LEFT:  Captain-side PFD showing white carrot.  Image from ProSim-AR 737 avionics suite (click to enlarge).

If you look at the Flap Retraction Schedule in the FCTM (see above image from FCOM), you will note the airspeed that is recommended to begin retracting flaps is V2+15 (the position of the carrot).  The white carrot is a very handy reference reminder.

Important Points:

•    The minimum altitude for flap retraction is 400 feet AGL.  

•    Selection of the next flap position should be initiated when reaching the manoeuvre speed for the current flap position.

•    Airspeed should be increasing when retracting the flaps.

•    The white carrot is a handy reference to V2+15.

•    Acceleration Height can differ between airports.

Summary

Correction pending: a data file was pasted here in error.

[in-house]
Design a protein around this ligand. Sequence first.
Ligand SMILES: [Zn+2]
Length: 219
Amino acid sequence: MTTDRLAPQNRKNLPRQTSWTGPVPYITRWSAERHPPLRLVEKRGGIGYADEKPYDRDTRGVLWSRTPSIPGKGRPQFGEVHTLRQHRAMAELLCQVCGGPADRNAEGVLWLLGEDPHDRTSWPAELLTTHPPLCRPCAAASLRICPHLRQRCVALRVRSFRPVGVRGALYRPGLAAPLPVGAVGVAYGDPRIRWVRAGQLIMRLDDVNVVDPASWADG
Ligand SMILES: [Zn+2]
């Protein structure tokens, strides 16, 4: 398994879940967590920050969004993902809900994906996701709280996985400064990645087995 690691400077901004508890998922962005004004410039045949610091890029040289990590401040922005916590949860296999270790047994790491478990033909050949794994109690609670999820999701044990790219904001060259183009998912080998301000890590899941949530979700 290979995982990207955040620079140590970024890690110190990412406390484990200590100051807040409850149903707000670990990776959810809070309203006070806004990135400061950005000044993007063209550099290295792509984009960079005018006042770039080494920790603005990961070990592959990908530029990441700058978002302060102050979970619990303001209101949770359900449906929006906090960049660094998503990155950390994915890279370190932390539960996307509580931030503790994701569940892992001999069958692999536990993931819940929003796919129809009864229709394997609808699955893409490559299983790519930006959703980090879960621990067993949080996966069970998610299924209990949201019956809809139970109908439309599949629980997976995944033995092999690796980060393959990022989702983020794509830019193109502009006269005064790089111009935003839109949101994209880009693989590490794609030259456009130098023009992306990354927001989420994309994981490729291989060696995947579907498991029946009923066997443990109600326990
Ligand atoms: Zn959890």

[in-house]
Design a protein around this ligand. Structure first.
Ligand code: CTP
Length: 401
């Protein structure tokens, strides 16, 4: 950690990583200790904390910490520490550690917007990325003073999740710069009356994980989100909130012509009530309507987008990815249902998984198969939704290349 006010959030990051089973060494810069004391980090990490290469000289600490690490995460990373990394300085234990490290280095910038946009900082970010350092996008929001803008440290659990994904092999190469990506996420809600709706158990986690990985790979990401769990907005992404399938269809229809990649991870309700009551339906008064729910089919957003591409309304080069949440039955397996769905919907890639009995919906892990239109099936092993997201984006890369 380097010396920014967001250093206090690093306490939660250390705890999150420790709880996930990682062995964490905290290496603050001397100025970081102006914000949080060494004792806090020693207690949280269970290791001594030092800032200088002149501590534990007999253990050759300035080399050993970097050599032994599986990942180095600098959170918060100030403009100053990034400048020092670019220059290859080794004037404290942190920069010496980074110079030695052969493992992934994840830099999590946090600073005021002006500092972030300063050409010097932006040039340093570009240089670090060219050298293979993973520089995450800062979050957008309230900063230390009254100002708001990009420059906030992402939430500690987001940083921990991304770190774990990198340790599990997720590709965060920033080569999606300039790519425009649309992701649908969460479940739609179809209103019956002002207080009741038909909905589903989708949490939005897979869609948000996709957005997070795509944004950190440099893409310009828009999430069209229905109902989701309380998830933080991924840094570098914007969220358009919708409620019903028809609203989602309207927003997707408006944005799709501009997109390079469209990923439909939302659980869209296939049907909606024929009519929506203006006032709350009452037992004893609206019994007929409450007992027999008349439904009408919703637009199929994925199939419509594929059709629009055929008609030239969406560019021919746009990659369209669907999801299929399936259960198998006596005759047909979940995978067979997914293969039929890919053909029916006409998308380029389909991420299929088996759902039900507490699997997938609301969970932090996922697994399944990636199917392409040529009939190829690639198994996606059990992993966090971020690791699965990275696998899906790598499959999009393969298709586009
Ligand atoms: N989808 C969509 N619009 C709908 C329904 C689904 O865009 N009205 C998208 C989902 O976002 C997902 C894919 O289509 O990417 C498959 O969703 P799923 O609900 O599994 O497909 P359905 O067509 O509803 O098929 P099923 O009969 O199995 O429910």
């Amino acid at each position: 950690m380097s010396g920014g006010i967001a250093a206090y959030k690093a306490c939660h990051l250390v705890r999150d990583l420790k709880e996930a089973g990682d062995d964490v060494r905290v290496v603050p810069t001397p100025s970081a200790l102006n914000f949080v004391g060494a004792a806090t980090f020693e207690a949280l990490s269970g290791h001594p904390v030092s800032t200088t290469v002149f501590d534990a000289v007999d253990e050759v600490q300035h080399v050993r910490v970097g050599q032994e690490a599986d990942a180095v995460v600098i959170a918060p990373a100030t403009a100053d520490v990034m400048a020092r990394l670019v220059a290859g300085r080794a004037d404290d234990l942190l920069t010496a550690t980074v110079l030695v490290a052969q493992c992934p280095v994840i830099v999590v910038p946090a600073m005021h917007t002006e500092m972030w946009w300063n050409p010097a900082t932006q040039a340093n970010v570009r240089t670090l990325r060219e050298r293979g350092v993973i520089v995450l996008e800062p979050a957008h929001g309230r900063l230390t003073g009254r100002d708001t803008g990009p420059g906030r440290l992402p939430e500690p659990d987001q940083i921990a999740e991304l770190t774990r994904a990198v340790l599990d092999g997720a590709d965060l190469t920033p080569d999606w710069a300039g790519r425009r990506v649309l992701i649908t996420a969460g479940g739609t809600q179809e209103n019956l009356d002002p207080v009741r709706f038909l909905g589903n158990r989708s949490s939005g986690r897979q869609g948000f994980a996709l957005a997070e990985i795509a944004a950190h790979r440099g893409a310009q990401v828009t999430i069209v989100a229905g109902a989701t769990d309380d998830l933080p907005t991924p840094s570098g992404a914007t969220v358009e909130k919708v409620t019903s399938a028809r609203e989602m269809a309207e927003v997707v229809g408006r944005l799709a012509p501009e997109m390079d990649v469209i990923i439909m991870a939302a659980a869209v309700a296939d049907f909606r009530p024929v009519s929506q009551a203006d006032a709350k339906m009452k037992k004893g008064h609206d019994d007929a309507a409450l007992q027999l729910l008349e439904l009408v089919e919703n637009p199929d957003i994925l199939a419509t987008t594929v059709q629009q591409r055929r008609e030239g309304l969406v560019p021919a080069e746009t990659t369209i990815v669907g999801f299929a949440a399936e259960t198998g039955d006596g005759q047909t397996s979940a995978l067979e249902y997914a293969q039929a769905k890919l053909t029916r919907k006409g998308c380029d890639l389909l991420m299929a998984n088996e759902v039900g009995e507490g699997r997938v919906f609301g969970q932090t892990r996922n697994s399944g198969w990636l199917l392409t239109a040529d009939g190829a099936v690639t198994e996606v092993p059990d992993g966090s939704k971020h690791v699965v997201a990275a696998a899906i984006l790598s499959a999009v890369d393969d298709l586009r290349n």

I realise that some readers, who only wish to learn the most recent software, will not be interested in much of the content of this article.  Notwithstanding this, I am sure many will have discovered something that may have been forgotten or overlooked.

The content of this short ‘function specific’ article came out of a discussion on a pilot’s forum.  If there is doubt, always consult the Flight Crew Training Manual (FCTM) which provides information specific to the software version used at that particular airline.

Glossary

AFDS – Autopilot Flight Director System
CDU – Computer Display Unit
EFIS – Electronic Flight Instrument System
FMA – Flight Mode Annunciator
FMC – Flight Management Computer
LVL CHG – Level Change
LNAV – Lateral Navigation
MCP – Mode Control Panel
ND – Navigation Display
PFD – Primary Flight Display
 VNAV – Vertical Navigation